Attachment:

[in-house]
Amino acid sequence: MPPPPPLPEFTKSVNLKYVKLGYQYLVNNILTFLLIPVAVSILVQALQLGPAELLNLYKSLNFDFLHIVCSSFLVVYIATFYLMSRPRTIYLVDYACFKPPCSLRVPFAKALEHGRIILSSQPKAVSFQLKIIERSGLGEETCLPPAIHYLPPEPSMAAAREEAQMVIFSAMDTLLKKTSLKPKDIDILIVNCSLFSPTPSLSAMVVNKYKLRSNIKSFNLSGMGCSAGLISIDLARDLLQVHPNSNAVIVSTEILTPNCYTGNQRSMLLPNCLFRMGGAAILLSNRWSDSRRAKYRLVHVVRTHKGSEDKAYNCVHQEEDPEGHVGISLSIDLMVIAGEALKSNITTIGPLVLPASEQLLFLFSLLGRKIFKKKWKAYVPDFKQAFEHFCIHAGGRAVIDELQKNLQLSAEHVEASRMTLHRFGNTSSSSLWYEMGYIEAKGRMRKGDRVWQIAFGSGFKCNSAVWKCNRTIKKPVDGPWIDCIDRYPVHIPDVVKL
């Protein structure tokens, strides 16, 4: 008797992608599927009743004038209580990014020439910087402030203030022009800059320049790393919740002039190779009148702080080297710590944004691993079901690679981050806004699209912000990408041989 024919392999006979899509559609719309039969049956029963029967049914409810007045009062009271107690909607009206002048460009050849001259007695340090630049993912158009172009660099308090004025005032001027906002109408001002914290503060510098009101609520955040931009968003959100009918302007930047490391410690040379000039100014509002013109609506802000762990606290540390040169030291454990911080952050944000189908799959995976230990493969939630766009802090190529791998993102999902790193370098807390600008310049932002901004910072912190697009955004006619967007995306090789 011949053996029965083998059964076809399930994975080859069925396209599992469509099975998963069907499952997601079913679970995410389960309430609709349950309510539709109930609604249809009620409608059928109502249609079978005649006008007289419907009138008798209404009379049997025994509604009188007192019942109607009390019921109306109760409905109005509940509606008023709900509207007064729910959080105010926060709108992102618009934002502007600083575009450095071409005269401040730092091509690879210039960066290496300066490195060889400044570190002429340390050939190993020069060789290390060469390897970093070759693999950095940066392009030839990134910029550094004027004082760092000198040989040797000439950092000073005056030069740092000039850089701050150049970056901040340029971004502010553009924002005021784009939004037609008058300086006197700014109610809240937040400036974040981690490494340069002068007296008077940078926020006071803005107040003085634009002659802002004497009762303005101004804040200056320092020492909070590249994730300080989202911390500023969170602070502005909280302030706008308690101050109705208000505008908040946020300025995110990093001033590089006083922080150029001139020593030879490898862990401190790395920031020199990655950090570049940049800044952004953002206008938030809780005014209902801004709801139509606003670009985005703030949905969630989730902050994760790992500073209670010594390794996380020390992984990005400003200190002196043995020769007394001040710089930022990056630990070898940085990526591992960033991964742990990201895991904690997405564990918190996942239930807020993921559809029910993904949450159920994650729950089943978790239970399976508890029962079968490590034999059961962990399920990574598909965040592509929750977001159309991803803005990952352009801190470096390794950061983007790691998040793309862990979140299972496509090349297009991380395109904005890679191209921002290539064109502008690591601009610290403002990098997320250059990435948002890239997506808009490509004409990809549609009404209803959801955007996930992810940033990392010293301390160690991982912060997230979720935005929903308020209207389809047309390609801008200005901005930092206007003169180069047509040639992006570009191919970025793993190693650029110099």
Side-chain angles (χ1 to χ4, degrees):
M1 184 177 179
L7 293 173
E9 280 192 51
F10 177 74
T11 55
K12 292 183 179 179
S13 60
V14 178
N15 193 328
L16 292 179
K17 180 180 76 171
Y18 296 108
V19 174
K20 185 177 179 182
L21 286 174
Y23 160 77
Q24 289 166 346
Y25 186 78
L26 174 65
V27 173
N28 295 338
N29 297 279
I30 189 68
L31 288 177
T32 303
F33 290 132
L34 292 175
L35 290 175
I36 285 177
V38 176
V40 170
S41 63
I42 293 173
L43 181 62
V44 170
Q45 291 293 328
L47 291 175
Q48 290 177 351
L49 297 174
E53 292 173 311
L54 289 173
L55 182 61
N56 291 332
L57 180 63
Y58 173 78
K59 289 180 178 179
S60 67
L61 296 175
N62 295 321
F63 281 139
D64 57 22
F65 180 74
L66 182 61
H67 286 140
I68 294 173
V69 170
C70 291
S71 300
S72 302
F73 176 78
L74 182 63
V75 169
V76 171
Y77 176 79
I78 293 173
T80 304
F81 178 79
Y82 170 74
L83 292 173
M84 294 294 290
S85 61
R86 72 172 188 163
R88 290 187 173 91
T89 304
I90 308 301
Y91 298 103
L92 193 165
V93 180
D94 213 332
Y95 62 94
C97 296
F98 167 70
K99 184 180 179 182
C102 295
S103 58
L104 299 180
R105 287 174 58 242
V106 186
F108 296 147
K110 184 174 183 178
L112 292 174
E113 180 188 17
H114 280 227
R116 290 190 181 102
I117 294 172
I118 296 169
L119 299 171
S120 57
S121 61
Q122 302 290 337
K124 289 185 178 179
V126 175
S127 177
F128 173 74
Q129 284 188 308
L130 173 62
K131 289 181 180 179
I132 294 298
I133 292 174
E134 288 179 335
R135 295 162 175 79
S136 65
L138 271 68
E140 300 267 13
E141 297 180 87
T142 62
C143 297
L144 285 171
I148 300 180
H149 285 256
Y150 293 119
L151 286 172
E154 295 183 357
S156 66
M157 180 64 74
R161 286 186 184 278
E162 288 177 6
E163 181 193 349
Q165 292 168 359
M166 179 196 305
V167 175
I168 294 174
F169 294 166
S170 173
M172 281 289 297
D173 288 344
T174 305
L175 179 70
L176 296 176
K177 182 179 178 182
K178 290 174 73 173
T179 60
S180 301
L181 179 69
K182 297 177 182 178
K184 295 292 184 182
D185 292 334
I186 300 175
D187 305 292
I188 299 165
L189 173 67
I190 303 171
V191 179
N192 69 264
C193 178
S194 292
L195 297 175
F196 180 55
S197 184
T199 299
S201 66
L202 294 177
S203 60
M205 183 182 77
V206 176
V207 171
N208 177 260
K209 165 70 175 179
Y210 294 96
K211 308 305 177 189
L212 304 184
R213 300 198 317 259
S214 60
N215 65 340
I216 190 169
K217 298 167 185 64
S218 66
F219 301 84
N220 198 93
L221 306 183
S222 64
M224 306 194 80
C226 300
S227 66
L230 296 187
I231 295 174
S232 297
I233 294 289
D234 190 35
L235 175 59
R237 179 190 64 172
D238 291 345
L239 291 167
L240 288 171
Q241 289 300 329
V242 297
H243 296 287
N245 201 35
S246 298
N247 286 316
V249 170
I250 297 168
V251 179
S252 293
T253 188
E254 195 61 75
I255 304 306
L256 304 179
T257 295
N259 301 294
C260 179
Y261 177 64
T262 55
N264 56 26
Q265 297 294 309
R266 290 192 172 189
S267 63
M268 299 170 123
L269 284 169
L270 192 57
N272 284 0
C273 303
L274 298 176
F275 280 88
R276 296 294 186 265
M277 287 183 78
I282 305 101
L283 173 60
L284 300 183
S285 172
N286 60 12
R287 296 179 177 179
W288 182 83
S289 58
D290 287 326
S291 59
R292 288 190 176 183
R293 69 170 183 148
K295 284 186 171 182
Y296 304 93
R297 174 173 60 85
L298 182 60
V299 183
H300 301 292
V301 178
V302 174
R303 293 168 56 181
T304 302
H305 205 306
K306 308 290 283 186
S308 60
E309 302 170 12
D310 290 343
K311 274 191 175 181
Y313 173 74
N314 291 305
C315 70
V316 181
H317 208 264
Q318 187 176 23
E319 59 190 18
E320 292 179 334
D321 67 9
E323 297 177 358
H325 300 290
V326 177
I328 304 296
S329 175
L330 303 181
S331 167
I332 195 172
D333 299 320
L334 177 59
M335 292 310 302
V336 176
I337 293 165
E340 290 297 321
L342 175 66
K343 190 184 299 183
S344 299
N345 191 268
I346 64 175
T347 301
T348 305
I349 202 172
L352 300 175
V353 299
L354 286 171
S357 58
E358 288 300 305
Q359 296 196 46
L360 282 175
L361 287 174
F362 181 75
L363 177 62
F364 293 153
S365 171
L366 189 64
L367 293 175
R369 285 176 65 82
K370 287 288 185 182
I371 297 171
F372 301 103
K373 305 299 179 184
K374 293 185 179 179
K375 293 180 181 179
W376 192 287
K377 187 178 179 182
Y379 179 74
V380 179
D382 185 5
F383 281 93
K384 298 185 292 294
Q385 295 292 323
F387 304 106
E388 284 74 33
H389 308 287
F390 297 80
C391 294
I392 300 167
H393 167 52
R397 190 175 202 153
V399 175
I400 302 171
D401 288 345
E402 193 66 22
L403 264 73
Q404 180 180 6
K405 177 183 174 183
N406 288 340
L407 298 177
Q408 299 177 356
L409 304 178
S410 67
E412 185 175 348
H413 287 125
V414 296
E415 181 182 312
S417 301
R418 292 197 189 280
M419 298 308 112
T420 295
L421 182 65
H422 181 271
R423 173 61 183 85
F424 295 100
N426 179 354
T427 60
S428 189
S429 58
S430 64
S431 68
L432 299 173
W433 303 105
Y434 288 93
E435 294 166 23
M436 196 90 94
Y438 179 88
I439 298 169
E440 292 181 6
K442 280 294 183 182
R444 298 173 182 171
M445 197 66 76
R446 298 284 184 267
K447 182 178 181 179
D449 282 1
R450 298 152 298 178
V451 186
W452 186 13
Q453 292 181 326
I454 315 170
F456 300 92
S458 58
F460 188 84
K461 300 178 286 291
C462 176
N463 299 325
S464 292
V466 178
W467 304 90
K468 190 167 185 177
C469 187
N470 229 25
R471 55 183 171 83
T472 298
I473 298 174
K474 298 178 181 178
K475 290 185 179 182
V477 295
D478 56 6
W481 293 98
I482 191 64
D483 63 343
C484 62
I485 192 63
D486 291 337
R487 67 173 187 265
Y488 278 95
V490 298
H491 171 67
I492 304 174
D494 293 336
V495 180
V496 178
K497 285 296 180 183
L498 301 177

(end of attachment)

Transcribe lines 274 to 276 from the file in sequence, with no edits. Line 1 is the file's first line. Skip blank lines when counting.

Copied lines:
S331 167
I332 195 172
D333 299 320